• Council agrees to hold innkeeper summit
    By David Delcore
     | May 01,2014

    BARRE — Mayor Thomas Lauzon remains in information-gathering mode, but city councilors have supported his suggestion they schedule a summit with the owners of local lodging establishments in the wake of a shooting outside one of them late last week.

    Startled by reports that one armed man shot and critically injured another in what police have described as an attempted drug-related robbery at the Budget Inn on Friday night, councilors embraced Lauzon’s call for a meeting with all of Barre’s lodging owners.

    The discussion, which occurred during the council’s meeting Tuesday night, lasted all of five minutes, and Lauzon did most of the talking. The mayor suggested public safety was the city’s primary interest and said a candid discussion with all of those in the local hospitality industry was in order.

    “It’s not my intention to single out anyone, or exclude anyone,” he said. “I’m not making a judgment about anyone, but I am attempting to gather as much information as I can.”

    That process began over the weekend when Lauzon submitted a public records request to the state Department of Finance and Management seeking information on any payments the state has made to house people at the Budget Inn and six other Barre establishments over the past four years.

    Lauzon told councilors Tuesday that his request has been forwarded to the state Department for Children and Families and he didn’t expect an answer for several days.

    If there is a connection between last week’s shooting and the state’s practice of offering housing assistance to those who are homeless, recently released from foster care or under the supervision of the state Department of Corrections, Lauzon stopped well short of saying so. He did use the phrase “best practices” with regard to the operation of lodging establishments several times, but never elaborated and didn’t indicate he had any reason to believe that the owner of the Budget Inn could have done anything to prevent the shooting.

    Lauzon did reiterate his desire to invite owners of inns and motels to a meeting after he had assembled information, ranging from state housing assistance payments they’ve received to local code violations for which they’ve been cited.

    “I would like to talk about steps we could take moving forward to make sure that owners of lodging establishments are employing best practices,” he said.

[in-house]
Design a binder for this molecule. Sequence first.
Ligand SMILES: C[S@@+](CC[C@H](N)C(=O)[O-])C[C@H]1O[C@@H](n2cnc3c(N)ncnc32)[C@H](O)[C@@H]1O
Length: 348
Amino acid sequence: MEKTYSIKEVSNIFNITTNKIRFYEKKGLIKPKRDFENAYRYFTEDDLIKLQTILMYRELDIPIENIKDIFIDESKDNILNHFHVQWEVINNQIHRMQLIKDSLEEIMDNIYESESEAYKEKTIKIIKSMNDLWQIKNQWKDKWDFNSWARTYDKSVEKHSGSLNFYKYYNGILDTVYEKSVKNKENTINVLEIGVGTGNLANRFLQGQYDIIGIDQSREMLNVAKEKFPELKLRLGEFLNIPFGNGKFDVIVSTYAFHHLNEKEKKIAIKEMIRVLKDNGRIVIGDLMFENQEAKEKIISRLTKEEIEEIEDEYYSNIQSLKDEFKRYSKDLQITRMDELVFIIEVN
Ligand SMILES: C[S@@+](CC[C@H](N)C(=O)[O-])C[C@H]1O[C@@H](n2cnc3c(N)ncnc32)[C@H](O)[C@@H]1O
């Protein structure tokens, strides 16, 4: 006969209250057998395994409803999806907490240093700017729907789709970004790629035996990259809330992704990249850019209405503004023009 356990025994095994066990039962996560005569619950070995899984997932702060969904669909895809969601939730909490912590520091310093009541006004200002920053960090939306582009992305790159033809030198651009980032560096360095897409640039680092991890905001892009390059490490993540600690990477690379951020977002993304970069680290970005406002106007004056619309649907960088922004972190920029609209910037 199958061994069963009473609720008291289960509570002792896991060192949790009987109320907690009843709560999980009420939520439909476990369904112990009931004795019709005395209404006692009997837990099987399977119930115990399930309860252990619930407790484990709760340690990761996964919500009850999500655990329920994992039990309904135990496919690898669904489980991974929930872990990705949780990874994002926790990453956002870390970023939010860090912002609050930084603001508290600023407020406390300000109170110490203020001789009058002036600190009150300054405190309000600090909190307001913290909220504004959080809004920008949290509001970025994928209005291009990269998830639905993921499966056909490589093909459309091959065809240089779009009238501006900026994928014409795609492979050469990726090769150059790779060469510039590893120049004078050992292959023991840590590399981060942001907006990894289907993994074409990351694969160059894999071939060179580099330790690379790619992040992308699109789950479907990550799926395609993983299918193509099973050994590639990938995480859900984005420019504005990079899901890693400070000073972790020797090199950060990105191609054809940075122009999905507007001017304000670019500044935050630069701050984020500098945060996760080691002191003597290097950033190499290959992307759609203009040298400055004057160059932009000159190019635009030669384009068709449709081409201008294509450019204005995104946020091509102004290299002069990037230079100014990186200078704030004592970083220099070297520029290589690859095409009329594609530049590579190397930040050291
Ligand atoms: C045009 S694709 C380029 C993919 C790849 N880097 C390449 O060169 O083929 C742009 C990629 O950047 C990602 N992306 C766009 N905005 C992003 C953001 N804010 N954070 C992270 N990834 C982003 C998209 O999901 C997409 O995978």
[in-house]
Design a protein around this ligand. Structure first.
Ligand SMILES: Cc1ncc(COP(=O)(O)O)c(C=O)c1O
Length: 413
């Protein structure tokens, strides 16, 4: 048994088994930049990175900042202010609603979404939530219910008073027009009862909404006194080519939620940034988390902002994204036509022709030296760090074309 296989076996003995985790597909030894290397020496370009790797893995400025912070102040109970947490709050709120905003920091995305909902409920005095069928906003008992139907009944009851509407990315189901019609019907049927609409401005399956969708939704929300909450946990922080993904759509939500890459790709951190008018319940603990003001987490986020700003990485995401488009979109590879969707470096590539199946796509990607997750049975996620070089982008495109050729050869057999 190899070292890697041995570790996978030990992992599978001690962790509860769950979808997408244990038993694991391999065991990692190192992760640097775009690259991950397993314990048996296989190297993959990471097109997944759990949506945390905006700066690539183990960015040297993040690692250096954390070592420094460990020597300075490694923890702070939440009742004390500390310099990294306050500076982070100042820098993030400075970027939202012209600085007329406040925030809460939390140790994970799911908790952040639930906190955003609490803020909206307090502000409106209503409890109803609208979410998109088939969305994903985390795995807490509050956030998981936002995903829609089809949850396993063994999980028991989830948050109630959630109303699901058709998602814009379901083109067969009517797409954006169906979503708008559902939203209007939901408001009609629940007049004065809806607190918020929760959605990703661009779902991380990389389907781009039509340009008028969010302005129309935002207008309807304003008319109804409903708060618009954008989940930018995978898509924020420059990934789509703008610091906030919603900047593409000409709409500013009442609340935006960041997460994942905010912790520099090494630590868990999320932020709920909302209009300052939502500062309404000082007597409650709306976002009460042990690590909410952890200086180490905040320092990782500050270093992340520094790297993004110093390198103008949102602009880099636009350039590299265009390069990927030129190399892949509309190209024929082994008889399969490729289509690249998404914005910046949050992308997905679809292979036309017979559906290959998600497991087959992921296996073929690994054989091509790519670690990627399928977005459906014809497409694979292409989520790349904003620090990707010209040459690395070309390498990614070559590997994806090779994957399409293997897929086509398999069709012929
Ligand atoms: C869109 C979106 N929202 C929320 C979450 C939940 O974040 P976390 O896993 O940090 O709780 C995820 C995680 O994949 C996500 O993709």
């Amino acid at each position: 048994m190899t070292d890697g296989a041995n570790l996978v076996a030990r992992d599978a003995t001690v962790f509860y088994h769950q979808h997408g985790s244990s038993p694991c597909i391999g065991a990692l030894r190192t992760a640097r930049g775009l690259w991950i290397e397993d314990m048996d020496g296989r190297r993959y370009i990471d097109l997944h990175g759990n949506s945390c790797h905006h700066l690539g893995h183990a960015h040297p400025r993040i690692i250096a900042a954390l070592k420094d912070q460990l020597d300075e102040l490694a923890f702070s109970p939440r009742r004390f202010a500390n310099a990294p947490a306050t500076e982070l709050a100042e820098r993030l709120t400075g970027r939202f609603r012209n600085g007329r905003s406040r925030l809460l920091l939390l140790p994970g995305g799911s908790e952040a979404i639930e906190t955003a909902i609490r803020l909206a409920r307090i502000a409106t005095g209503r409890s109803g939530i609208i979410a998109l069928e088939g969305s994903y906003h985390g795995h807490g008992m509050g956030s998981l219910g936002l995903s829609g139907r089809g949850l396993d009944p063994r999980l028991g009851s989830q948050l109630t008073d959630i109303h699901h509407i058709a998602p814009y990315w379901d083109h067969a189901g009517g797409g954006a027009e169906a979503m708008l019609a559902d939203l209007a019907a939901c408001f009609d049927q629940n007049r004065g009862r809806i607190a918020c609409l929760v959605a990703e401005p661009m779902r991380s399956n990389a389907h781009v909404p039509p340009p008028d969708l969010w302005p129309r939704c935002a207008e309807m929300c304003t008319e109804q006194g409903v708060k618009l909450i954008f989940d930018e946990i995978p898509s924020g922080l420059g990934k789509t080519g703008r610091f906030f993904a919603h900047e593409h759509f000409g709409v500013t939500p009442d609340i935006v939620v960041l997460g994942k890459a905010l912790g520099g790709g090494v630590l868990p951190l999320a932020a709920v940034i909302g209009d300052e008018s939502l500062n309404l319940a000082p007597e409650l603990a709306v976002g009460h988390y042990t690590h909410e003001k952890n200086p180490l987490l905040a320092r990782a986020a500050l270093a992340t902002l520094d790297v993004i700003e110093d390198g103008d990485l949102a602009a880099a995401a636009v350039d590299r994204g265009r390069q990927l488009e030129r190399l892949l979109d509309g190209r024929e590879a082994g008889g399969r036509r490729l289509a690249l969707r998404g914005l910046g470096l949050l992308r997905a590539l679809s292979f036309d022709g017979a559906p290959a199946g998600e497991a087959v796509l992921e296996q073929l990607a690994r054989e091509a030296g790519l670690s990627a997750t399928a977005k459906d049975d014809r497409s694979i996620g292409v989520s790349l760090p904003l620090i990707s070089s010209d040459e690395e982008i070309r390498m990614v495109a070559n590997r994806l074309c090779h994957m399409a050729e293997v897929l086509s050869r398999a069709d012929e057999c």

Lauzon said the council technically has the authority under state law to license hotels, motels and inns in much the same way it does bars and nightclubs. However, he said, he isn’t prepared to recommend that.

    “I don’t know that I’ll go there,” he said with regard to licensing.

    Lauzon said he is certain that a conversation is in order to ensure the safety of Barre residents and those who are guests at various establishments and asked the council whether it preferred that discussion to occur in public or private.

    It isn’t clear how meeting with innkeepers to discuss “best practices” and public information would justify an executive session under Vermont’s open meetings law, though councilors agreed a closed-door meeting would not be necessary.

    “I think it would be fine to be in public,” Lucas Herring said.

    “Me too,” said Charlie Dindo, with Anita Chadderton nodding in agreement.

    Lauzon said the shooting refocused the council’s attention on an issue it has talked about before, albeit for different reasons.

    “We have had discussions about some of the lodging establishments in town, and most of those discussions have been with regard to code violations and the need for compliance,” Lauzon said.

    Many of those discussions have involved the Budget Inn, and the North Main Street motel was selected as what city officials described as the test case for a zoning provision aimed at preventing motels from essentially converting rooms into apartments. A Development Review Board decision a year ago in that case sparked a legal appeal that has not yet been resolved.

    Last week’s shooting may have permanently paralyzed one man — 30-year-old Justin Roberts — and has another — Marcus A. Stone, 24 — in jail after pleading not guilty to a felony count of aggravated assault with a deadly weapon. It was the latest incident involving the inn, which is a few hundred feet from the police station.

    Roberts remained in critical condition at Fletcher Allen Health Care in Burlington on Wednesday. Stone, who was unable to post bail after his arraignment this week, was being held at the state prison in St. Johnsbury.

    According to court records, police responded to a report of gunshots at the motel shortly after 11:30 p.m. Friday and found Roberts lying on the ground and Stone holding a handgun nearby. Roberts, who police said was also armed, had a wound in his back where the bullet exited through his neck.

    Stone, who police said was staying at the motel with his girlfriend and her baby, was arrested and charged with the shooting after Roberts allegedly came to his room with a gun and demanded money.

    According to court documents, Roberts grabbed cash from the room and fled before being chased and shot by Stone. Police claim at least some of the money in the room was drug-related.

    @Tagline:david.delcore @timesargus.com

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